In summary, the brewing process involves mashing, fermentation, and maturation processes. Beers are brewed using malted grain only or a blend of malted grain and adjunct, depending on the region. The grain used in the process is generally barley, wheat, or sometimes rye.
The cost of malt is high, brewers generally add an adjunct to minimize costs. Some brewers used a proportion of 20-30% that could be converted by natural enzymes present in the malt. Over the years, raw material cost pressures and tough competition resulted in a new demand for increasing adjunct proportion but the mashing process was compromised. The introduction of commercial enzymes to this process was a perfect fit for many breweries. The application of commercial enzymes brought technical and economic benefits such as:-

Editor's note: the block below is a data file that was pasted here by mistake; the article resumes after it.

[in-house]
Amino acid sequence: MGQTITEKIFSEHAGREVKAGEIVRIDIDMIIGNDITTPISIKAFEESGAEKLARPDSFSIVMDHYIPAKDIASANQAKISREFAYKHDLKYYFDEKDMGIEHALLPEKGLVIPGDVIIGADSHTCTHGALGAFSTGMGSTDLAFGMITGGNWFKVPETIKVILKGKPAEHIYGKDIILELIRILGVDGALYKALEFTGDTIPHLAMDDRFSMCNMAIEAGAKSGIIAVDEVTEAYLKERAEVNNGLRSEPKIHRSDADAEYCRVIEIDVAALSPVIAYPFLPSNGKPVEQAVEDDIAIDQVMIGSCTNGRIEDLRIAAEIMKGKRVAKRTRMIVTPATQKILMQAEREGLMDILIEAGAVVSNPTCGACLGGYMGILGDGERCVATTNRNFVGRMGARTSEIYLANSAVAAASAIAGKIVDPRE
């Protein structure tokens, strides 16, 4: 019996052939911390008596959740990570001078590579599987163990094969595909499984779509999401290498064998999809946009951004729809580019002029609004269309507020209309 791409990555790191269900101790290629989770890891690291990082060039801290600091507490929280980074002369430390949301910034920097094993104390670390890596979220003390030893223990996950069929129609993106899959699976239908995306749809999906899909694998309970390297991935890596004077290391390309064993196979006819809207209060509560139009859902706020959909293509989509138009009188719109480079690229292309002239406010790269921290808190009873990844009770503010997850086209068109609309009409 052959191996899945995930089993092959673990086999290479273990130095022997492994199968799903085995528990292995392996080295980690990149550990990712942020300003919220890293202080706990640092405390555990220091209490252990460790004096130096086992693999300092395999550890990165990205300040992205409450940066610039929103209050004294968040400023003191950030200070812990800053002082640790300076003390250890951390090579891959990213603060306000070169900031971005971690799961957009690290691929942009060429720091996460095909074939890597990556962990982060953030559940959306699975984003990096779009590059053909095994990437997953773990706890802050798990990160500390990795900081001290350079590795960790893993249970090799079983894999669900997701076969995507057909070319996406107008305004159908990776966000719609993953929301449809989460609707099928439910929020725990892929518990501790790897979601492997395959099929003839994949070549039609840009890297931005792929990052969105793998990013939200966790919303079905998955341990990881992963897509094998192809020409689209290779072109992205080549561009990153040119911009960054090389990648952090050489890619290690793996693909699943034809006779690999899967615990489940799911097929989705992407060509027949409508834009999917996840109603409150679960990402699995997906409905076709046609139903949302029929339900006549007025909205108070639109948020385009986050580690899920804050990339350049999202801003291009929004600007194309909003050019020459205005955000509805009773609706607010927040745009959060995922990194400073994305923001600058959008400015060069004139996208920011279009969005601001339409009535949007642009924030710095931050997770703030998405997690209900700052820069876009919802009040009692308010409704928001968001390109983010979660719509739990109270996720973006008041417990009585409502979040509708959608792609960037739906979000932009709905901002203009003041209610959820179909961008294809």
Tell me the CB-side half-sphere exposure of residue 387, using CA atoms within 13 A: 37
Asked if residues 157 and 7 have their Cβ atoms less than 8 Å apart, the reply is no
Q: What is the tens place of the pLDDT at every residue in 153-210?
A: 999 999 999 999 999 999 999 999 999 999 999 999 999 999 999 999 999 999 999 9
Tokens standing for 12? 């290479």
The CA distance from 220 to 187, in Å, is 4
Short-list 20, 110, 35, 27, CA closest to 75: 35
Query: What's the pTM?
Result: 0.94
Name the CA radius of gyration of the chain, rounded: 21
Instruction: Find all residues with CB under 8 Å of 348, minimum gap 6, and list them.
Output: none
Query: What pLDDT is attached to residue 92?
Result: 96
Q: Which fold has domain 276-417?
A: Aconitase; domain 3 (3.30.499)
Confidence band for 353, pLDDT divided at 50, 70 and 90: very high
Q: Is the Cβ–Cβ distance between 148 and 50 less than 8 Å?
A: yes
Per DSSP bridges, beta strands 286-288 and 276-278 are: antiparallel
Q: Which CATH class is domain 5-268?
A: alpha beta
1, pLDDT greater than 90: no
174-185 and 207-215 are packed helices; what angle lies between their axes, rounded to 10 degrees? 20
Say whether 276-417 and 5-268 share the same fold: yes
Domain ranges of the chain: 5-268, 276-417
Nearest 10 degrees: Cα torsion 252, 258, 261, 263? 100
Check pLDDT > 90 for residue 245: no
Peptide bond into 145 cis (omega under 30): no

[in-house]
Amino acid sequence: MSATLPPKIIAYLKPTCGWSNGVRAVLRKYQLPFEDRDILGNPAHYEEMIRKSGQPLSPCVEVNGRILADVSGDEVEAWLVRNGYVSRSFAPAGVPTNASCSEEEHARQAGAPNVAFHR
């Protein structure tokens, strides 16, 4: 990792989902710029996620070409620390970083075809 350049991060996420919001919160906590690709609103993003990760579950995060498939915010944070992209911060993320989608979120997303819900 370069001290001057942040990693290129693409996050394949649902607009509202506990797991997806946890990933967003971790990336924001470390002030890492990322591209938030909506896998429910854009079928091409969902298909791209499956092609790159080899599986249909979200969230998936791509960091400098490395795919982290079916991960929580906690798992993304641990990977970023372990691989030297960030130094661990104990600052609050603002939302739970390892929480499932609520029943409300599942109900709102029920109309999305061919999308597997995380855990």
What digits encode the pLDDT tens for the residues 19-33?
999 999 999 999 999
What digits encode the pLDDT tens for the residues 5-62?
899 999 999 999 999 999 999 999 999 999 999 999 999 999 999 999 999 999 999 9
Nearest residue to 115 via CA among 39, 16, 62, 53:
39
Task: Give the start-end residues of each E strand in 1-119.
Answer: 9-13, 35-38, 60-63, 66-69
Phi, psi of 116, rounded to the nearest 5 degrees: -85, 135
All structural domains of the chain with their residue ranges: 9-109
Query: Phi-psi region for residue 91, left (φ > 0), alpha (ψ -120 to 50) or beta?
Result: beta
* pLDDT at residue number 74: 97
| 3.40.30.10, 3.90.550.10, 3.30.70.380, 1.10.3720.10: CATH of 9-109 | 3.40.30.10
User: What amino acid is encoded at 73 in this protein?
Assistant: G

• Better control of the brewing processes
• Faster production resulting in increased capacity
• Potential for new and different beer types
• Use of cheaper and unconventional raw materials
In the traditional beer (opaque) brewing process, the use of malt is minimal (depending on the region), the bulk of the mash is composed of maize grits or maize meal which in its natural form cannot produce fermentable sugars. The heat-stable alpha-amylase enzyme is used to hydrolyze starch into dextrins and an additional step of saccharification is also needed to hydrolyze dextrins into fermentable sugars. In the latter process, an enzyme called amyloglucosidase (AMG) is used to achieve the required level of fermentable sugars to be used in the fermentation process.
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